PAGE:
Interactivity and Video Games

Karen Collins brings up some good points about interactivity of video games, especially between the creator and consumer. While in other mediums the creator simply creates something and the consumer merely experiences it, with video games the creator creates and the consumer not only experiences it but also participates in partially creating their own experiences. Collins uses sound as an example, where the player’s character might change the music depending on where they walked or what they did. Other media only hold the consumer’s partial attention, like a television show or radio station playing the background. With a video game, people give their full attention because it is not only engaging physically but also mentally.

Video game music can make or break a game and people do not realize how important music can be. Only video games have looping songs and these tunes have nice to listen to but also not grate on the player’s nerves as they continue playing. Video game sound is also important in the design of games. Horror games, for example, rely heavily on sound for their experience. In horror games, spooky sounds play off screen which is great for instilling tension and unease into players. Or when the monster appears the music picks up as the player attempts to escape. The monster is not only chasing the player’s character, but also the player themself. The more invested players are into their game, the more the character feels like an extension of themselves.

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7 Responses to Interactivity and Video Games

  1. Ofir Yakobowicz says:

    I think your presentation went along very nicely with this reading, especially when you told us about Undyne (I think that was the name of it). Have you ever experienced satisfaction in a game that had music or sound that wasn’t as good?

    • Megan says:

      While I can’t remember a video game where the music wasn’t as good, I have played games where I decided to mute the game music and play my own instead. While Guild Wars 2 has great music, I’ve been playing it for 4 years now and the music for a lot of the areas I’ve heard thousands of times that I’ve resulted to keeping the sound muted and playing my own music. The only time where I’ve unmuted the music was when they released the expansion for the game back in october last year, complete with new music.

      Having good, looping music is so important, especially if you’re playing the same game and visiting the same areas for 4 years straight.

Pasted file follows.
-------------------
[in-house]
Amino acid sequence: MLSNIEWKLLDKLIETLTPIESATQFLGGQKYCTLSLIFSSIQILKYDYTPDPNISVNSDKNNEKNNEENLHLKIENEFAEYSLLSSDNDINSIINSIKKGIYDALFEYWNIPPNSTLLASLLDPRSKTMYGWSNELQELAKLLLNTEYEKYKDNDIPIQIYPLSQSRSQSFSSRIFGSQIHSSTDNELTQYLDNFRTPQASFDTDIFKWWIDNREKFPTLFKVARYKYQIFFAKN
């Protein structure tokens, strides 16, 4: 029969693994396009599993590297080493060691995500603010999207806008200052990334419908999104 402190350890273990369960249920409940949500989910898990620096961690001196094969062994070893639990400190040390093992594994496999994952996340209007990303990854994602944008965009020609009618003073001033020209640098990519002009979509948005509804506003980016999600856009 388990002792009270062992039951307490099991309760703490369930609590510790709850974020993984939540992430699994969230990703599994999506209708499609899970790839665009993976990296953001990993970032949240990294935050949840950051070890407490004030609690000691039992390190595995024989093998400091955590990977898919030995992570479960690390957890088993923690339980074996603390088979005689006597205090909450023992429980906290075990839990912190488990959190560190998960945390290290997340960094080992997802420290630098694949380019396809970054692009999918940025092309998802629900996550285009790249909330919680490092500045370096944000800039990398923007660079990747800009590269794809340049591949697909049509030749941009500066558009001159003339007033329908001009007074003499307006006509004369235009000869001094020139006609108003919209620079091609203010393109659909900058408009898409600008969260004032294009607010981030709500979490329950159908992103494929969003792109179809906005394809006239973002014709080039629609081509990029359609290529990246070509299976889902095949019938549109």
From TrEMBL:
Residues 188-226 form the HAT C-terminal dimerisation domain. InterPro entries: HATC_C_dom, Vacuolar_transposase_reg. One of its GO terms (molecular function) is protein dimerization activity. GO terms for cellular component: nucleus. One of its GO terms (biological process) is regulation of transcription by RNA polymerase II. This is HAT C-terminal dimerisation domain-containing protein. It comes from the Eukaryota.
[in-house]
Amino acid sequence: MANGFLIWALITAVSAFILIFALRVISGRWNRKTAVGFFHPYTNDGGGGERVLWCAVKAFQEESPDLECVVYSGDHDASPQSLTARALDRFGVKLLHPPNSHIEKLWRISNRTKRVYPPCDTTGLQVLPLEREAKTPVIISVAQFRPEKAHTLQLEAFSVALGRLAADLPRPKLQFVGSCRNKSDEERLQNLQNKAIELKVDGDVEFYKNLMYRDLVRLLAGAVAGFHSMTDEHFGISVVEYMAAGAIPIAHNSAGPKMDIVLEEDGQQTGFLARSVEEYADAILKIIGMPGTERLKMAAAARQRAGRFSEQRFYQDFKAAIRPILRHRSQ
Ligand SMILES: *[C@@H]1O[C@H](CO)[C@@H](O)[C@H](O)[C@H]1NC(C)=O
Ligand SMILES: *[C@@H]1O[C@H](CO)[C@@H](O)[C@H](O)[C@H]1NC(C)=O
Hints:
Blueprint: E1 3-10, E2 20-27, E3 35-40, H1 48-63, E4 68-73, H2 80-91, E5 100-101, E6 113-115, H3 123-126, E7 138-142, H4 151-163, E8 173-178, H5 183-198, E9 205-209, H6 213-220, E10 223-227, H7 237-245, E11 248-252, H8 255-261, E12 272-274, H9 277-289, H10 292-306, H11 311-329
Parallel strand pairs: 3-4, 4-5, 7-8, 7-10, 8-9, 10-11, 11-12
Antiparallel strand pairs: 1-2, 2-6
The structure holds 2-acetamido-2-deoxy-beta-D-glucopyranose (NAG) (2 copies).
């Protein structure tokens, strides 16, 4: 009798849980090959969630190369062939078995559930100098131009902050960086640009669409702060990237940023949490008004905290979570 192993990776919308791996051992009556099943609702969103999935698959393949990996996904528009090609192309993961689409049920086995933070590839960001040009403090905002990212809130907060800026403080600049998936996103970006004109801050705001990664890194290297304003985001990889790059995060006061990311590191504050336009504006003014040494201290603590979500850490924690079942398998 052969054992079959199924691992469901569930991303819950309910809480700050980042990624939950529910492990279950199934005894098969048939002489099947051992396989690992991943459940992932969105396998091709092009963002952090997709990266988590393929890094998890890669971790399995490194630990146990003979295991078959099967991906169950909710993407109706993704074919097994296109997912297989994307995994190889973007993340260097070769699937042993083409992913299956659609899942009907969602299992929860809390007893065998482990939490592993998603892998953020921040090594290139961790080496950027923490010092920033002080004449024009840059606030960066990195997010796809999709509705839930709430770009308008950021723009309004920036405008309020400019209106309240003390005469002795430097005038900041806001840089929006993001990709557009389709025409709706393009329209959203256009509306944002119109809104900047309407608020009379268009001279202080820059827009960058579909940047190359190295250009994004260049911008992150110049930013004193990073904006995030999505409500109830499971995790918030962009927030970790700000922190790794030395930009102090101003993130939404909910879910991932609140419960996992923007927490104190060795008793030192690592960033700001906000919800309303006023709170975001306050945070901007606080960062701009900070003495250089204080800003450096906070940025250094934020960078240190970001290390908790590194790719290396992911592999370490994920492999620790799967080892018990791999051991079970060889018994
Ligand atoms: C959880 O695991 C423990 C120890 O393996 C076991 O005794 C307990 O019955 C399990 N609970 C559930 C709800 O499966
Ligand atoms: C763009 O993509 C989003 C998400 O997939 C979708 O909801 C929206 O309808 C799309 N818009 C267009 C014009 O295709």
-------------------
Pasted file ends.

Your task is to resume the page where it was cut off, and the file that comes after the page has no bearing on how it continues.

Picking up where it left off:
2. Michael Como says:

    I agree that music is a crucial part to the success of a game. When you’re just walking in the virtual world and all of a sudden the music’s pace begins to rise, you know business is about to pick up. As gaming evolves and virtual reality beings its rise the music and sounds are going to be a huge part to completing the full experience and really thrusting the playing into a different world.

  3. melissaluca says:

    I agree that music in video games definitely gets people’s full attention more so than television or a radio station. Without music, video games would likely not have the same impact. Music has the ability to make listeners feel a certain way, and in a game, that is increased. The relationship between the creator and the consumer is interesting when seeing the powerful role music plays in this. It’s interesting to think about how much more advanced music in gaming will become.

  4. Allen Sharma says:

    I agree with you when you say that video game music can make or break a game. A video game sound track is similar to that of a movie. It needs to correlate with the setting and mood of the virtual world that you immerse yourself in otherwise there is no connection. Just by listening to the music coming from a video game you can easily tell when things are about to mellow out for a bit or that it’s time to eff stuff up and that’s what makes it exciting.

  5. Sade Smith says:

    This topic of music in video games is new and interesting to me. I’m not familiar with gaming and I think that both your presentation and this article opened my eyes a bit more to how music can have an affect on the player of a video game. The music whether you enjoy it or find it unbearable does capture your attention and keeps you hooked.

  6. Luisa says:

    I agree. The music definitely plays a role in how you, the player, experiences the game. It enhances everything. For example, in a game where you have to submerge the character underwater, the music starts to speed up when your oxygen meter is running low. It gives the player a sense of urgency. You hear the music and you immediately think “Oh My God! I have to go back and get some air or I’m going to die!” I think having just a visual of the oxygen meter isn’t as effective in providing the player that sense of urgency. Having that sense of urgency helps to further engage the player.

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